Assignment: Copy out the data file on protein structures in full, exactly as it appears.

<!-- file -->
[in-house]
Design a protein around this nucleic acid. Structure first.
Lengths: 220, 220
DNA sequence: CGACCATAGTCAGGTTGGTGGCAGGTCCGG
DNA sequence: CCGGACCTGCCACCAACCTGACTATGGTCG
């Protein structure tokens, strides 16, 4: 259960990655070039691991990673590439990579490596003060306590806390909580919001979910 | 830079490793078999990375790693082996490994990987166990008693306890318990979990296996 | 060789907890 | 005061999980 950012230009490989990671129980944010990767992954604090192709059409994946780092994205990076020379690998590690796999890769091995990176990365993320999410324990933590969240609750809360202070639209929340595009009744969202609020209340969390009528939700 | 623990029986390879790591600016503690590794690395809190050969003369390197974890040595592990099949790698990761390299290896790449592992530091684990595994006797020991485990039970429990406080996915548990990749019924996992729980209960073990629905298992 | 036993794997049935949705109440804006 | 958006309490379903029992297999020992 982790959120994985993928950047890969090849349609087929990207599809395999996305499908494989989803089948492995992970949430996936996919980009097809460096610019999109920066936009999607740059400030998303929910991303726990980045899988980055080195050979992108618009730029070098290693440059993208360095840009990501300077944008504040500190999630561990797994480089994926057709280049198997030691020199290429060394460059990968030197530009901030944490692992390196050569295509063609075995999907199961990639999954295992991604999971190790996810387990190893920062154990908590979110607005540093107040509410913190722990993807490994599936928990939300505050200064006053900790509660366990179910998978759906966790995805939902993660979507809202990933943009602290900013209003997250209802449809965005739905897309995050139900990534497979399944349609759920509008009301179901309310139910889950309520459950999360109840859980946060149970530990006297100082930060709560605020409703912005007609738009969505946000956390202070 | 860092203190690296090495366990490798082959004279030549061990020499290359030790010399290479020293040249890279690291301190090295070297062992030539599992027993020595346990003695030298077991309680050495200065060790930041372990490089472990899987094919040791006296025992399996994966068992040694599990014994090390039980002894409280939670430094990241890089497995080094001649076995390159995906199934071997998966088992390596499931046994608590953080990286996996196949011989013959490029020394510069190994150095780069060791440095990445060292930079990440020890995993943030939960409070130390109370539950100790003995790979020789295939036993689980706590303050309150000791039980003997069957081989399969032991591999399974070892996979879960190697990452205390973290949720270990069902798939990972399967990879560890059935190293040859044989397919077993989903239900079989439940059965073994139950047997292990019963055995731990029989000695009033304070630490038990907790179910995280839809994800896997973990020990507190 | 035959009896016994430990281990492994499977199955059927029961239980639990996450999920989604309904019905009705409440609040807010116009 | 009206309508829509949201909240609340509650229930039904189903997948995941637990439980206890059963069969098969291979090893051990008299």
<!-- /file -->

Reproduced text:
[in-house]
Design a protein around this nucleic acid. Structure first.
Lengths: 220, 220
DNA sequence: CGACCATAGTCAGGTTGGTGGCAGGTCCGG
DNA sequence: CCGGACCTGCCACCAACCTGACTATGGTCG
């Protein structure tokens, strides 16, 4: 259960990655070039691991990673590439990579490596003060306590806390909580919001979910 | 830079490793078999990375790693082996490994990987166990008693306890318990979990296996 | 060789907890 | 005061999980 950012230009490989990671129980944010990767992954604090192709059409994946780092994205990076020379690998590690796999890769091995990176990365993320999410324990933590969240609750809360202070639209929340595009009744969202609020209340969390009528939700 | 623990029986390879790591600016503690590794690395809190050969003369390197974890040595592990099949790698990761390299290896790449592992530091684990595994006797020991485990039970429990406080996915548990990749019924996992729980209960073990629905298992 | 036993794997049935949705109440804006 | 958006309490379903029992297999020992 982790959120994985993928950047890969090849349609087929990207599809395999996305499908494989989803089948492995992970949430996936996919980009097809460096610019999109920066936009999607740059400030998303929910991303726990980045899988980055080195050979992108618009730029070098290693440059993208360095840009990501300077944008504040500190999630561990797994480089994926057709280049198997030691020199290429060394460059990968030197530009901030944490692992390196050569295509063609075995999907199961990639999954295992991604999971190790996810387990190893920062154990908590979110607005540093107040509410913190722990993807490994599936928990939300505050200064006053900790509660366990179910998978759906966790995805939902993660979507809202990933943009602290900013209003997250209802449809965005739905897309995050139900990534497979399944349609759920509008009301179901309310139910889950309520459950999360109840859980946060149970530990006297100082930060709560605020409703912005007609738009969505946000956390202070 | 860092203190690296090495366990490798082959004279030549061990020499290359030790010399290479020293040249890279690291301190090295070297062992030539599992027993020595346990003695030298077991309680050495200065060790930041372990490089472990899987094919040791006296025992399996994966068992040694599990014994090390039980002894409280939670430094990241890089497995080094001649076995390159995906199934071997998966088992390596499931046994608590953080990286996996196949011989013959490029020394510069190994150095780069060791440095990445060292930079990440020890995993943030939960409070130390109370539950100790003995790979020789295939036993689980706590303050309150000791039980003997069957081989399969032991591999399974070892996979879960190697990452205390973290949720270990069902798939990972399967990879560890059935190293040859044989397919077993989903239900079989439940059965073994139950047997292990019963055995731990029989000695009033304070630490038990907790179910995280839809994800896997973990020990507190 | 035959009896016994430990281990492994499977199955059927029961239980639990996450999920989604309904019905009705409440609040807010116009 | 009206309508829509949201909240609340509650229930039904189903997948995941637990439980206890059963069969098969291979090893051990008299």